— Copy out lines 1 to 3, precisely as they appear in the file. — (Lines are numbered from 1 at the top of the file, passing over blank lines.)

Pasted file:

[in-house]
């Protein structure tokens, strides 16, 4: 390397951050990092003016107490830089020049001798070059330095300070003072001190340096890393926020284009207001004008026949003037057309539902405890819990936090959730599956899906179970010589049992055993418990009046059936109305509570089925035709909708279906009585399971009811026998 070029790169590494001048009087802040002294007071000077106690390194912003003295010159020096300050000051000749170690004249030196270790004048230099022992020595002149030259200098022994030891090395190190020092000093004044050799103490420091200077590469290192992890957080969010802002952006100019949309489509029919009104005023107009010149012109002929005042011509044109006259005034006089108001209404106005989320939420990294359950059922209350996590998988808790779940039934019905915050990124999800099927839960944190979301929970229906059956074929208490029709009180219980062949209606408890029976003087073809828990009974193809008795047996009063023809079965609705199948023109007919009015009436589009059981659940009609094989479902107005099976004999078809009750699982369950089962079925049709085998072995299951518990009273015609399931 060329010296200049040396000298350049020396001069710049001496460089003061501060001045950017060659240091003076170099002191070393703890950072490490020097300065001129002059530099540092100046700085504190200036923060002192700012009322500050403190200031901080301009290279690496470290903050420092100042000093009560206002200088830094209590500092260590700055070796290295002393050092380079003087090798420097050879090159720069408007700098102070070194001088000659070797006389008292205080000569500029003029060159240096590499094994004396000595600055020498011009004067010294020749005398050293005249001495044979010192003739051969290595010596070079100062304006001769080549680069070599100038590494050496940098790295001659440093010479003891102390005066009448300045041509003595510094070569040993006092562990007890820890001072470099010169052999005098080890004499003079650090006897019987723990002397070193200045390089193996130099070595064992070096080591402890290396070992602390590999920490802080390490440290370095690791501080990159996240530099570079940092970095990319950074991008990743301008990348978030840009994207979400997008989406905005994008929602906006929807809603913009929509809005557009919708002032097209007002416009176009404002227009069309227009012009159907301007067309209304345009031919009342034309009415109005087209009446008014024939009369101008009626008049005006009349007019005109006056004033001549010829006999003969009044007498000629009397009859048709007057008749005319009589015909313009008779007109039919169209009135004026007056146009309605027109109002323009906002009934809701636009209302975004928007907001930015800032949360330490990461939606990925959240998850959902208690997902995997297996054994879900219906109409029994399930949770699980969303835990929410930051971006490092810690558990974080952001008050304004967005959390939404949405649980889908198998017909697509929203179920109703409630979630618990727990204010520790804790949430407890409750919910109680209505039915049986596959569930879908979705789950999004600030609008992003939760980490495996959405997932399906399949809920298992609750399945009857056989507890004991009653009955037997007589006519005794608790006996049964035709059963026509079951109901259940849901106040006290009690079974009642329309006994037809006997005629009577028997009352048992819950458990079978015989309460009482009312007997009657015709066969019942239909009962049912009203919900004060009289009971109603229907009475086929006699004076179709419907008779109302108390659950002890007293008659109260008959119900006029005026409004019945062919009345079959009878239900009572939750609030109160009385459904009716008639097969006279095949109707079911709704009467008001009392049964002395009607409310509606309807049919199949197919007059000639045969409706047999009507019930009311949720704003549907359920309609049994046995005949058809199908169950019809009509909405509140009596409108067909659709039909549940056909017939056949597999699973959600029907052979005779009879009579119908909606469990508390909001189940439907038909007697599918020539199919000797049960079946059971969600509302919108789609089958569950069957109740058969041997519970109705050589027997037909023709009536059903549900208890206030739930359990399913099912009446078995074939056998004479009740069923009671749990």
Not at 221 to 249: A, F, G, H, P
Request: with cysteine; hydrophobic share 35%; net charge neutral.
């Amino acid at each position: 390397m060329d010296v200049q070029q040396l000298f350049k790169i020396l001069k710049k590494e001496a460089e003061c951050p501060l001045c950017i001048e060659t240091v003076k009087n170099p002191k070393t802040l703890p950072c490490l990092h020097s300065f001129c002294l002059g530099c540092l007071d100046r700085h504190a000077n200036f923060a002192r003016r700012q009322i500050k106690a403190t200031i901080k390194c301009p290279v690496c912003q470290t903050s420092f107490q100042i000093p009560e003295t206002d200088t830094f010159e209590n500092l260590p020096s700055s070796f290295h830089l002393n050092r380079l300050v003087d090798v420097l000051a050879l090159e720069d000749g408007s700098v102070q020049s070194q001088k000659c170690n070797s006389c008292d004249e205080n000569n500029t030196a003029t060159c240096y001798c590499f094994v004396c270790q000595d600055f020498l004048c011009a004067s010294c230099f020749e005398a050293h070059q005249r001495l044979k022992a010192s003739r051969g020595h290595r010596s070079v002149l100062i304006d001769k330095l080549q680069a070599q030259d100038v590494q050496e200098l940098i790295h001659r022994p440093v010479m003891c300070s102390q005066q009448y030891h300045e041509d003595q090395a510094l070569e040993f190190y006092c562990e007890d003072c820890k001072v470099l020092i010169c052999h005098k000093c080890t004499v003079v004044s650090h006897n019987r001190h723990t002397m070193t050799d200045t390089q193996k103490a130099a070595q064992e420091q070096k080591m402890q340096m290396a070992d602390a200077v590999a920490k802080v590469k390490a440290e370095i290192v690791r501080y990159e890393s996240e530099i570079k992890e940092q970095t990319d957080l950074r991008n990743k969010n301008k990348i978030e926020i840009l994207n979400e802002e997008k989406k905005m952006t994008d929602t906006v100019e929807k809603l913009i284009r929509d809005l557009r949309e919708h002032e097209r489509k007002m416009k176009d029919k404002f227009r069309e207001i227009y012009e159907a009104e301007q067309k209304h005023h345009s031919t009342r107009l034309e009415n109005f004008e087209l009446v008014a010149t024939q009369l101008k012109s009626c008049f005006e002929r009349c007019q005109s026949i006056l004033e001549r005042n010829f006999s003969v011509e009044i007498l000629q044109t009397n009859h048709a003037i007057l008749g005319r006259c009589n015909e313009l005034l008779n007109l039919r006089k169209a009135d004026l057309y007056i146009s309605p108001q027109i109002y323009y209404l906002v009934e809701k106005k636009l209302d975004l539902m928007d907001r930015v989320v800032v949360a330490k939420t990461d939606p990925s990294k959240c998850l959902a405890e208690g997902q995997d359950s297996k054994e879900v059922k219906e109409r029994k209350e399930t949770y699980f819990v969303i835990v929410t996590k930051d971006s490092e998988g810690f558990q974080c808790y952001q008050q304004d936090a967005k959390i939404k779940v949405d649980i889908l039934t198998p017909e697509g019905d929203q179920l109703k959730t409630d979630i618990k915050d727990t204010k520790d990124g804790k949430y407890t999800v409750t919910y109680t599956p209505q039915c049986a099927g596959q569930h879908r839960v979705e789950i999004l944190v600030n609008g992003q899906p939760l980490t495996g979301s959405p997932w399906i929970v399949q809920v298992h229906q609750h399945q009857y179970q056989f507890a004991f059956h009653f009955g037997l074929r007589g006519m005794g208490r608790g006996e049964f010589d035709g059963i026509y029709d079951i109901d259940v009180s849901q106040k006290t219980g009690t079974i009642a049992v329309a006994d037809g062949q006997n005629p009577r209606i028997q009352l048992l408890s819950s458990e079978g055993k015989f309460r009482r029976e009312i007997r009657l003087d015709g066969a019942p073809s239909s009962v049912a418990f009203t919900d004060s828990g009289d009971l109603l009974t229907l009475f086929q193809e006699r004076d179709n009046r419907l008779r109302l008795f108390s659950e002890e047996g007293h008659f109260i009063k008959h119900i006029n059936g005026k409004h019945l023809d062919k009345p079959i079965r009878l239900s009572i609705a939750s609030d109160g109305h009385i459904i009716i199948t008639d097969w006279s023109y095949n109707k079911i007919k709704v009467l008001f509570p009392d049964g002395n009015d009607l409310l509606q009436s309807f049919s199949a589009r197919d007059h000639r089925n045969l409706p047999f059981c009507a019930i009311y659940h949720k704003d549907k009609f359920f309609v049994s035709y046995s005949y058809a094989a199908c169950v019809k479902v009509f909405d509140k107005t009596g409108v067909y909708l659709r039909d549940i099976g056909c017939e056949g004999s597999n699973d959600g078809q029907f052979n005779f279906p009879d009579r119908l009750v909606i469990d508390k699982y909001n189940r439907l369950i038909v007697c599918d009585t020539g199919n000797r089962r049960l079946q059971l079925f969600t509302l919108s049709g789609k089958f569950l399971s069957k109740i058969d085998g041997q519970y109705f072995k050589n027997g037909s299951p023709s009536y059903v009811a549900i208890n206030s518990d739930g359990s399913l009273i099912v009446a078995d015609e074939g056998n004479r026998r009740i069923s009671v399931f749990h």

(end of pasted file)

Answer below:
[in-house]
């Protein structure tokens, strides 16, 4: 390397951050990092003016107490830089020049001798070059330095300070003072001190340096890393926020284009207001004008026949003037057309539902405890819990936090959730599956899906179970010589049992055993418990009046059936109305509570089925035709909708279906009585399971009811026998 070029790169590494001048009087802040002294007071000077106690390194912003003295010159020096300050000051000749170690004249030196270790004048230099022992020595002149030259200098022994030891090395190190020092000093004044050799103490420091200077590469290192992890957080969010802002952006100019949309489509029919009104005023107009010149012109002929005042011509044109006259005034006089108001209404106005989320939420990294359950059922209350996590998988808790779940039934019905915050990124999800099927839960944190979301929970229906059956074929208490029709009180219980062949209606408890029976003087073809828990009974193809008795047996009063023809079965609705199948023109007919009015009436589009059981659940009609094989479902107005099976004999078809009750699982369950089962079925049709085998072995299951518990009273015609399931 060329010296200049040396000298350049020396001069710049001496460089003061501060001045950017060659240091003076170099002191070393703890950072490490020097300065001129002059530099540092100046700085504190200036923060002192700012009322500050403190200031901080301009290279690496470290903050420092100042000093009560206002200088830094209590500092260590700055070796290295002393050092380079003087090798420097050879090159720069408007700098102070070194001088000659070797006389008292205080000569500029003029060159240096590499094994004396000595600055020498011009004067010294020749005398050293005249001495044979010192003739051969290595010596070079100062304006001769080549680069070599100038590494050496940098790295001659440093010479003891102390005066009448300045041509003595510094070569040993006092562990007890820890001072470099010169052999005098080890004499003079650090006897019987723990002397070193200045390089193996130099070595064992070096080591402890290396070992602390590999920490802080390490440290370095690791501080990159996240530099570079940092970095990319950074991008990743301008990348978030840009994207979400997008989406905005994008929602906006929807809603913009929509809005557009919708002032097209007002416009176009404002227009069309227009012009159907301007067309209304345009031919009342034309009415109005087209009446008014024939009369101008009626008049005006009349007019005109006056004033001549010829006999003969009044007498000629009397009859048709007057008749005319009589015909313009008779007109039919169209009135004026007056146009309605027109109002323009906002009934809701636009209302975004928007907001930015800032949360330490990461939606990925959240998850959902208690997902995997297996054994879900219906109409029994399930949770699980969303835990929410930051971006490092810690558990974080952001008050304004967005959390939404949405649980889908198998017909697509929203179920109703409630979630618990727990204010520790804790949430407890409750919910109680209505039915049986596959569930879908979705789950999004600030609008992003939760980490495996959405997932399906399949809920298992609750399945009857056989507890004991009653009955037997007589006519005794608790006996049964035709059963026509079951109901259940849901106040006290009690079974009642329309006994037809006997005629009577028997009352048992819950458990079978015989309460009482009312007997009657015709066969019942239909009962049912009203919900004060009289009971109603229907009475086929006699004076179709419907008779109302108390659950002890007293008659109260008959119900006029005026409004019945062919009345079959009878239900009572939750609030109160009385459904009716008639097969006279095949109707079911709704009467008001009392049964002395009607409310509606309807049919199949197919007059000639045969409706047999009507019930009311949720704003549907359920309609049994046995005949058809199908169950019809009509909405509140009596409108067909659709039909549940056909017939056949597999699973959600029907052979005779009879009579119908909606469990508390909001189940439907038909007697599918020539199919000797049960079946059971969600509302919108789609089958569950069957109740058969041997519970109705050589027997037909023709009536059903549900208890206030739930359990399913099912009446078995074939056998004479009740069923009671749990």
Not at 221 to 249: A, F, G, H, P